29. Vine AK, Stader J, Branham K, Musch DC, Swaroop A. Biomarkers of cardiovascular disease as risk factors for age-related macular degeneration. Ophthalmology. 2005 Dec;112(12):2076-80.

30. Sakuta H, Suzuki T. Plasma total homocysteine and gallstone in middle-aged Japanese men. J Gastroenterol. 2005 Nov;40(11):1061-4.

31. Teunissen CE, Blom AH, Van Boxtel MP, et al. Homocysteine: a marker for cognitive performance? A longitudinal follow-up study. J Nutr Health Aging. 2003;7(3):153-9.

32. Koenig W, Sund M, Frohlich M, et al. C-Reactive protein, a sensitive marker of inflammation, predicts future risk of coronary heart disease in initially healthy middle-aged men: results from the MONICA (Monitoring Trends and Determinants in Cardiovascular Disease) Augsburg Cohort Study, 1984 to 1992. Circulation. 1999 Jan 19;99(2):237-42.

33. Bassuk SS, Rifai N, Ridker PM. High-sensitivity C-reactive protein: clinical importance. Curr Probl Cardiol. 2004 Aug;29(8):439-93.

34. Cushman M, Arnold AM, Psaty BM, et al. C-reactive protein and the 10-year incidence of coronary heart disease in older men and women: the cardiovascular health study. Circulation. 2005 Jul 5;112(1):25-31.

35. Pradhan AD, Manson JE, Rifai N, Buring JE, Ridker PM. C-reactive protein, interleukin 6, and risk of developing type 2 diabetes mellitus. JAMA. 2001 Jul 18;286(3):327-34.

36. Hu FB, Meigs JB, Li TY, Rifai N, Manson JE. Inflammatory markers and risk of developing type 2 diabetes in women. Diabetes. 2004 Mar;53(3):693-700.

37. Seddon JM, George S, Rosner B, Rifai N. Progression of age-related macular degeneration: prospective assessment of C-reactive protein, interleukin 6, and other cardiovascular biomarkers. Arch Ophthalmol. 2005 Jun;123(6):774-82.

38. Seddon JM, Gensler G, Milton RC, Klein ML, Rifai N. Association between C-reactive protein and age-related macular degeneration. JAMA. 2004 Feb 11;291(6):704-10.

39. Teunissen CE, Van Boxtel MP, Bosma H, et al. Inflammation markers in relation to cognition in a healthy aging population. J Neuroimmunol. 2003 Jan;134(1-2):142-50.

40. Ford DE, Erlinger TP. Depression and C-reactive protein in US adults: data from the Third National Health and Nutrition Examination Survey. Arch Intern Med. 2004 May 10;164(9):1010-4.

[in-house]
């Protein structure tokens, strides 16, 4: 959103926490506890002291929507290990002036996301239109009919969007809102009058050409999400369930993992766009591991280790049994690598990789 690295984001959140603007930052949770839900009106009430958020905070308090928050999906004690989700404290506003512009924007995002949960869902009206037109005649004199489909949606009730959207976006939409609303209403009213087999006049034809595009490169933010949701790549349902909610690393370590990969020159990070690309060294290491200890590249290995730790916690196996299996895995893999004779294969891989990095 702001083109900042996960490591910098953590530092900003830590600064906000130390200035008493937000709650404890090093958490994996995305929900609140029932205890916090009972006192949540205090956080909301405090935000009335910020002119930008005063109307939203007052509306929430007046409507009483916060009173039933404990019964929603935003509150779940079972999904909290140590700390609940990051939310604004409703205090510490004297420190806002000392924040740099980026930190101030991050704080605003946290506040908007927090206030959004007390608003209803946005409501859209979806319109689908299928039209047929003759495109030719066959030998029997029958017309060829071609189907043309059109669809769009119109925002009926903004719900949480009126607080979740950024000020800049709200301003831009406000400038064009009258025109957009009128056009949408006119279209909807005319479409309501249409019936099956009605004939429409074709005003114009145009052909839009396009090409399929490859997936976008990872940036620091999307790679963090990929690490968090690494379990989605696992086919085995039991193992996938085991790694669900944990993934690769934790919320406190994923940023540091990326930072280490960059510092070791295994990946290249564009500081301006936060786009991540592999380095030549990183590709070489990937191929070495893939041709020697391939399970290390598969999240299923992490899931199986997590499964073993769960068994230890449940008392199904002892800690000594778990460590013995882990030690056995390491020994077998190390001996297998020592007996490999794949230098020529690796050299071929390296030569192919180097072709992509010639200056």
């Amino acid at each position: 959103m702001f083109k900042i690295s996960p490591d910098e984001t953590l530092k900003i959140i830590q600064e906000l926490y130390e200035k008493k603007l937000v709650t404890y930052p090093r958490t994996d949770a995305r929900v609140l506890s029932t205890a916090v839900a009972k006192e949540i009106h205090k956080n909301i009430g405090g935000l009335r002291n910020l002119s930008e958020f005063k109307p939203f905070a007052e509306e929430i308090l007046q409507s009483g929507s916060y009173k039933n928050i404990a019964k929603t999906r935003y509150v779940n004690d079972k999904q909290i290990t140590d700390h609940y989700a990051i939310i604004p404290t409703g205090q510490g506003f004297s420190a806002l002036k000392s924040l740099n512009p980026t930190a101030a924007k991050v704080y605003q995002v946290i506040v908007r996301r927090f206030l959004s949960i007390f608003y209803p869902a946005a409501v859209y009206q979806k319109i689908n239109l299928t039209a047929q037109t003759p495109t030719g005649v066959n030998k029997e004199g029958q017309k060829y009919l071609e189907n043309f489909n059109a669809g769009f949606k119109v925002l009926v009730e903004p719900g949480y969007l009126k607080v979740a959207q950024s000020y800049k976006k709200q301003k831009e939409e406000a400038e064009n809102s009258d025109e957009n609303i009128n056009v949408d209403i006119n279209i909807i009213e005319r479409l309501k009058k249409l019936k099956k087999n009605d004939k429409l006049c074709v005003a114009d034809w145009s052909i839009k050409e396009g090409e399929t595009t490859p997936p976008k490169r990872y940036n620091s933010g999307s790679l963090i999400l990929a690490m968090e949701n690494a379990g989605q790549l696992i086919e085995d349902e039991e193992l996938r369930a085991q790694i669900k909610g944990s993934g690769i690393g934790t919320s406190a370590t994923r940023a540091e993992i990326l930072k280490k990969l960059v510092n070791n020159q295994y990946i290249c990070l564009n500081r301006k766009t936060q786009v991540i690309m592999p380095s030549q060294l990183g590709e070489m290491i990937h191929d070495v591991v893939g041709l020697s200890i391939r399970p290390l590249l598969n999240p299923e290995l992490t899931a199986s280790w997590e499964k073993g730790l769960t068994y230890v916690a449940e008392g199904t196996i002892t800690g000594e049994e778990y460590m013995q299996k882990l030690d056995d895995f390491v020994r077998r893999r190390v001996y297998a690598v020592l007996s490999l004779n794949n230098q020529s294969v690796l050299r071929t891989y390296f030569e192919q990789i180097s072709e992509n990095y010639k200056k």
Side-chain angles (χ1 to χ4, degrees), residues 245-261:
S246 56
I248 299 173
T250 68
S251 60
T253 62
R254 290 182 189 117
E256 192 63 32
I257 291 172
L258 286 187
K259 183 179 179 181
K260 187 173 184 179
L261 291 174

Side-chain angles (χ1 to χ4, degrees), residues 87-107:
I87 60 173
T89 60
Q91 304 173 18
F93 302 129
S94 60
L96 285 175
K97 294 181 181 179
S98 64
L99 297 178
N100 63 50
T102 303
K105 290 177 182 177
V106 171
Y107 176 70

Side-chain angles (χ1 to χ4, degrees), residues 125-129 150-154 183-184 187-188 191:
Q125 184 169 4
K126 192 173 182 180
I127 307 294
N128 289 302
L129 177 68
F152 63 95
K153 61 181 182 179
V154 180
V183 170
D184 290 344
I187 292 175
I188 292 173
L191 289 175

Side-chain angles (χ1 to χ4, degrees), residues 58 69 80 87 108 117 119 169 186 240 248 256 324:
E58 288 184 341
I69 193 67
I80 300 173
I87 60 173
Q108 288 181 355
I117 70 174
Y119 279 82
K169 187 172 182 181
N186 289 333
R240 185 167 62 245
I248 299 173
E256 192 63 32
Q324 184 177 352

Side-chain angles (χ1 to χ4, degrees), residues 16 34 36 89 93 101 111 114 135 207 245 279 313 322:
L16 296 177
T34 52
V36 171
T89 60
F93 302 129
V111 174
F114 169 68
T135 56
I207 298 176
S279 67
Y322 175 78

41. Dessein PH, Joffe BI, Stanwix AE. High sensitivity C-reactive protein as a disease activity marker in rheumatoid arthritis. J Rheumatol. 2004 Jun;31(6):1095-7.

42. Vanderpump MP, Tunbridge WM, French JM, et al. The incidence of thyroid disorders in the community: a twenty-year follow-up of the Whickham Survey. Clin Endocrinol (Oxf). 1995 Jul;43(1):55-68.

43. Hak AE, Pols HA, Visser TJ, et al. Subclinical hypothyroidism is an independent risk factor for atherosclerosis and myocardial infarction in elderly women: the Rotterdam Study. Ann Intern Med. 2000 Feb 15;132(4):270-8.

44. Rodondi N, Newman AB, Vittinghoff E, et al. Subclinical hypothyroidism and the risk of heart failure, other cardiovascular events, and death. Arch Intern Med. 2005 Nov 28;165(21):2460-6.

45. Kim DJ, Khang YH, Koh JM, Shong YK, Kim GS. Low normal TSH levels are associated with low bone mineral density in healthy postmenopausal women. Clin Endocrinol.(Oxf). 2006 Jan;64(1):86-90.

46. Ladenson PW, Singer PA, Ain KB, et al. American Thyroid Association guidelines for detection of thyroid dysfunction. Arch Intern Med. 2000 Jun 12;160(11):1573-5.

47. Leifke E, Gorenoi V, Wichers C, et al. Age-related changes of serum sex hormones, insulin-like growth factor-1 and sex-hormone binding globulin levels in men: cross-sectional data from a healthy male cohort. Clin Endocrinol (Oxf). 2000 Dec;53(6):689-95.

48. Laaksonen DE, Niskanen L, Punnonen K, et al. Testosterone and sex hormone-binding globulin predict the metabolic syndrome and diabetes in middle-aged men. Diabetes Care. 2004 May;27(5):1036-41.

49. Barrett-Connor E, von Muhlen DG, Kritz-Silverstein D. Bioavailable testosterone and depressed mood in older men: the Rancho Bernardo Study. J Clin Endocrinol Metab. 1999 Feb;84(2):573-7.

50. Moffat SD, Zonderman AB, Metter EJ,et al. Free testosterone and risk for Alzheimer disease in older men. Neurology. 2004 Jan 27;62(2):188-93.

51. Tsai EC, Boyko EJ, Leonetti DL, Fujimoto WY. Low serum testosterone level as a predictor of increased visceral fat in Japanese-American men. Int J Obes Relat Metab Disord. 2000 Apr;24(4):485-91.

52. Dunajska K, Milewicz A, Szymczak J, et al. Evaluation of sex hormone levels and some metabolic factors in men with coronary atherosclerosis. Aging Male. 2004 Sep;7(3):197-204.

53. Demirbag R, Yilmaz R, Ulucay A, Unlu D. The inverse relationship between thoracic aortic intima media thickness and testosterone level. Endocr Res. 2005;31(4):335-44.

54. Lovejoy JC, Bray GA, Bourgeois MO, et al. Exogenous androgens influence body composition and regional body fat distribution in obese postmenopausal women—a clinical research center study. J Clin Endocrinol Metab. 1996 Jun;81(6):2198-203.

55. Khosla S, Riggs BL, Robb RA, et al. Relationship of volumetric bone density and structural parameters at different skeletal sites to sex steroid levels in women. J Clin Endocrinol Metab. 2005 Sep;90(9):5096-103.

​​​​​​​​​​​​​​​​​​​